PHILADELPHIA -- After being stripped of his captaincy and getting ostracized from the team, Eric Lindros had enough of the Philadelphia Flyers.
Lindros reportedly rejected the team's $8.5 million qualifying offer Monday, and elected to become a restricted free agent.
CTV Sportsnet and Headline Sports quoted Lindros family lawyer Gordon Kirke as saying that the center is now a restricted free agent. Kirke would not provide further details until Tuesday morning.
''I can't comment on anything at this point,'' Carl Lindros, Eric's father and agent, said late Monday. The qualifying offer included a two-way contract that would allow the Flyers to send Lindros to their AHL affiliate, the Philadelphia Phantoms, and pay him a minor league salary of $85,000.
Lindros, still recovering from his sixth concussion, was examined recently by Dr. James Kelly, a neurologist in Chicago, and an independent doctor in Montreal.
''They both had similar timelines as far as December, January as far as coming back playing,'' Lindros said. ''I'm going to continue with my therapy and be ready when I'm ready. If I was to jump in at the start of the year, I'd be playing with fire.''
Lindros has a $20 million insurance policy that covers him this season. If he doesn't play 20 games, the 27-year-old star center will receive the full premium tax-free.
After a tumultuous season marked by a feud with general manager Bob Clarke and four concussions, Lindros appears to have bid the Flyers farewell.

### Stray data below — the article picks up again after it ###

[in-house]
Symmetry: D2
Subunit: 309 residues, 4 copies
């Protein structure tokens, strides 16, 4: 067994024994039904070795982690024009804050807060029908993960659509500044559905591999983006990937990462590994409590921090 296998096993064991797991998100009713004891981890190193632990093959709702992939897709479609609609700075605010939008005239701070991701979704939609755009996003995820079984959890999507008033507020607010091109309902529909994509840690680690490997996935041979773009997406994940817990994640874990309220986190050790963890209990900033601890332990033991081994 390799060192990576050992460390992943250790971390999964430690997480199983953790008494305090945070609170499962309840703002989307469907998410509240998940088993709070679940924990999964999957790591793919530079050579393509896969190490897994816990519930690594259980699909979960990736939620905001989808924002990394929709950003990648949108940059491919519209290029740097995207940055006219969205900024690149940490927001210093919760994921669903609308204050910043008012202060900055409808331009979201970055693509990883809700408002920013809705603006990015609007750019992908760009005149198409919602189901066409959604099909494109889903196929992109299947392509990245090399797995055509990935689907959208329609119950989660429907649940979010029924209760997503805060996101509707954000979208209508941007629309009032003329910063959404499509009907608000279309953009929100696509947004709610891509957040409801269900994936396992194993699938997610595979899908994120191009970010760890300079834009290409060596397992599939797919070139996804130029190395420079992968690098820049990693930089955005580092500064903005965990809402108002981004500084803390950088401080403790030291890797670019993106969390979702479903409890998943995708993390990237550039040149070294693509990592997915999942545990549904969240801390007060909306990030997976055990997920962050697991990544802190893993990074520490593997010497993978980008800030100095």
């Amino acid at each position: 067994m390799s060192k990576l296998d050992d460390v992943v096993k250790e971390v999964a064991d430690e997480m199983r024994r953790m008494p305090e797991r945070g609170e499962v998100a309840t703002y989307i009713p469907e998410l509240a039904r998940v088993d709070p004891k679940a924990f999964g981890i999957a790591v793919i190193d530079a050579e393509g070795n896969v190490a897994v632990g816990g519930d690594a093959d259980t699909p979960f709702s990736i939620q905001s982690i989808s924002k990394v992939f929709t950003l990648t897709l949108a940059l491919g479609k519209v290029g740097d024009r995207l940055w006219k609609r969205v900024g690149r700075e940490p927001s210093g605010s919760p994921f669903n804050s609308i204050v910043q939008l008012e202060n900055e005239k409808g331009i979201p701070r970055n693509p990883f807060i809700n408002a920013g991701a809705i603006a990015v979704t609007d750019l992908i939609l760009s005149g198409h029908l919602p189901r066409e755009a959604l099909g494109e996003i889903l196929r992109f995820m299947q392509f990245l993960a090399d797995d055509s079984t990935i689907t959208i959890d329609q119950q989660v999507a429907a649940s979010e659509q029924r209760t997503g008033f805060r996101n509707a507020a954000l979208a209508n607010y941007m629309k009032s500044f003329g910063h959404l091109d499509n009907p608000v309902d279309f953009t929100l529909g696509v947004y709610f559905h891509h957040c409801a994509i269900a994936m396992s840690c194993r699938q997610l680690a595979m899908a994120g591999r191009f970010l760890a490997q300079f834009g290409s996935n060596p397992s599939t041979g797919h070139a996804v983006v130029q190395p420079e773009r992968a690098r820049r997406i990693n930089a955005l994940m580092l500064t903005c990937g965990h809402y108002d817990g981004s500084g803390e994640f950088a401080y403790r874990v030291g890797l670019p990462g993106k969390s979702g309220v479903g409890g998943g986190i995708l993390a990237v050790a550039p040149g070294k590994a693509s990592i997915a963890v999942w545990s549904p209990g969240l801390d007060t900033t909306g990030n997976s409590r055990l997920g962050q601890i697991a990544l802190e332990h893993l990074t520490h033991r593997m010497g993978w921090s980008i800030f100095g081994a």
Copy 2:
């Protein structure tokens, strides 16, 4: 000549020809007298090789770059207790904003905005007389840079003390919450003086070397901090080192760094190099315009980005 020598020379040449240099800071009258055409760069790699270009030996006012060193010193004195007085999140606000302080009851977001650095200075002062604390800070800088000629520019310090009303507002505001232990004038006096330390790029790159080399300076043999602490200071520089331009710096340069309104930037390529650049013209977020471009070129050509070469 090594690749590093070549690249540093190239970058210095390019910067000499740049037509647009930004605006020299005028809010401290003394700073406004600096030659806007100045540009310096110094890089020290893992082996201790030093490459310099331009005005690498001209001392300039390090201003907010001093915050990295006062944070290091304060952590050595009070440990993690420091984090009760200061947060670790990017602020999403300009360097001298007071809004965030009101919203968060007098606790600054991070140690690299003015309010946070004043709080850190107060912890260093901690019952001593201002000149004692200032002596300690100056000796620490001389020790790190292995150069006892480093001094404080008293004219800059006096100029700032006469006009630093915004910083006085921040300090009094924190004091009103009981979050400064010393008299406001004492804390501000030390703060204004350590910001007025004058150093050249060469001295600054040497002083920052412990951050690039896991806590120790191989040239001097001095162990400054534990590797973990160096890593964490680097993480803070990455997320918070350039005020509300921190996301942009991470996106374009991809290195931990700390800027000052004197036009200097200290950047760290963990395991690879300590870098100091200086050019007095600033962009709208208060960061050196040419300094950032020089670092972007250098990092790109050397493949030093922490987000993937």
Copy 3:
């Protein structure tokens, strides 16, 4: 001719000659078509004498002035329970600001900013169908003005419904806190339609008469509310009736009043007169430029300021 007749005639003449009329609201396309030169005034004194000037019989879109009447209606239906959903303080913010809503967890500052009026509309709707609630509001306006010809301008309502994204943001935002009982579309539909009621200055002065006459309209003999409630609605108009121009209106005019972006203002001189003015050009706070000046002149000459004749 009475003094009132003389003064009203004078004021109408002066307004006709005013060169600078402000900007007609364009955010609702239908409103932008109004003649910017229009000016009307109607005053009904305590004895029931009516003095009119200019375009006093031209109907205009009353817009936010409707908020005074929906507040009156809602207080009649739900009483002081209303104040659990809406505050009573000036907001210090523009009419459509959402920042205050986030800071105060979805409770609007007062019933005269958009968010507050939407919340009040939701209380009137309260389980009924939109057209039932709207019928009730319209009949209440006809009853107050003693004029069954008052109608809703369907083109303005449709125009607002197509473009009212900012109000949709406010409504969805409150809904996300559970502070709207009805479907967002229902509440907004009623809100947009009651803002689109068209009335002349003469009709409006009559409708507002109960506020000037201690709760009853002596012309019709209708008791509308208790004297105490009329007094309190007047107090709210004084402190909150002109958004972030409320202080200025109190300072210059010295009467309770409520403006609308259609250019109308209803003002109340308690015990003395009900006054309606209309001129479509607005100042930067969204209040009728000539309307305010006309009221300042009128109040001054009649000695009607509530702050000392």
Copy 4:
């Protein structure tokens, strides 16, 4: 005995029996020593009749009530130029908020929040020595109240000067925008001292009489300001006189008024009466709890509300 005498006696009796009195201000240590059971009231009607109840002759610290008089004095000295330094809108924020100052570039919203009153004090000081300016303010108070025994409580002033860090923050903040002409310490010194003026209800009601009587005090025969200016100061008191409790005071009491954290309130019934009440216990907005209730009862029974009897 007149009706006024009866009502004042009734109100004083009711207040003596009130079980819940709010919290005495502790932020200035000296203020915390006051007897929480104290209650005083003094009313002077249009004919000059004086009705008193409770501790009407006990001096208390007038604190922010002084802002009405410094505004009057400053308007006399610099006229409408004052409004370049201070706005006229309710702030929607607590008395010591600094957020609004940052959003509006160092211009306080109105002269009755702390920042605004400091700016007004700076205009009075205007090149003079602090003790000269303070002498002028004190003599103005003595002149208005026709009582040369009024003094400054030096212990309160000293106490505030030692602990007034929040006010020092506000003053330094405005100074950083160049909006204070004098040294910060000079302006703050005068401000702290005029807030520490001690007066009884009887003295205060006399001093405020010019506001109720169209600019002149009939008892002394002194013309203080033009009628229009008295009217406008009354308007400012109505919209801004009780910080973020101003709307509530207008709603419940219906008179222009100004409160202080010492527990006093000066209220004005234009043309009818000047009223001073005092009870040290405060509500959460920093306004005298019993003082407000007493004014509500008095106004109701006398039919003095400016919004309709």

The Flyers maintained the right to match any offer to Lindros, and are entitled to compensation if he leaves as a Group 2 free agent.
When he submitted the qualifying offer, Clarke seemed to reach out to Lindros, and call for a truce.
''On a personal level, I greatly regret the extent to which the relationship between myself and Eric and his family has deteriorated,'' Clarke said. ''I intend to do whatever I can to try to move this relationship onto a better course.''
Two weeks later Clarke urged Lindros to look past their contentious relationship.
''It'd be nice if we got along, but it's not necessary in my opinion,'' Clarke said. ''You're a hockey player, you play for your coach and your teammates. Lots of players don't like their managers, but you still play for your teammates and that's what we encourage him to look at.''
Lindros had 28 goals and 32 assists in 57 games last season, including four periods of the playoffs. He has made six All-Star teams and won an MVP award in 1995, but the Flyers lost in their only Stanley Cup final with him.
Lindros came to Philadelphia in 1992 following a trade with Quebec that included six players, two first-round draft choices and $15 million.
Lindros' relationship with Clarke, his childhood hero, deteriorated to a point last season where the two men didn't speak for months.
The boiling point came after Lindros criticized the team's medical staff for failing to diagnose his second concussion of the season on March 4.
Clarke then stripped Lindros of his captaincy, and the star was ostracized from the team until he returned for Games 6 and 7 of the Eastern Conference finals against New Jersey.
Clarke had an even bigger problem with Lindros' parents. He accused Carl and Bonnie Lindros of meddling in team matters and running their son's life.
''We don't want his mom and dad. We've had enough of them,'' Clarke said after the season.
The relationship between the Lindros family and the Flyers soured further after Lindros suffered a collapsed lung on April 1, 1999, in Nashville.
The potentially life-threatening injury was diagnosed the following day. After the injury, Lindros and his family had little confidence in the team's medical staff.
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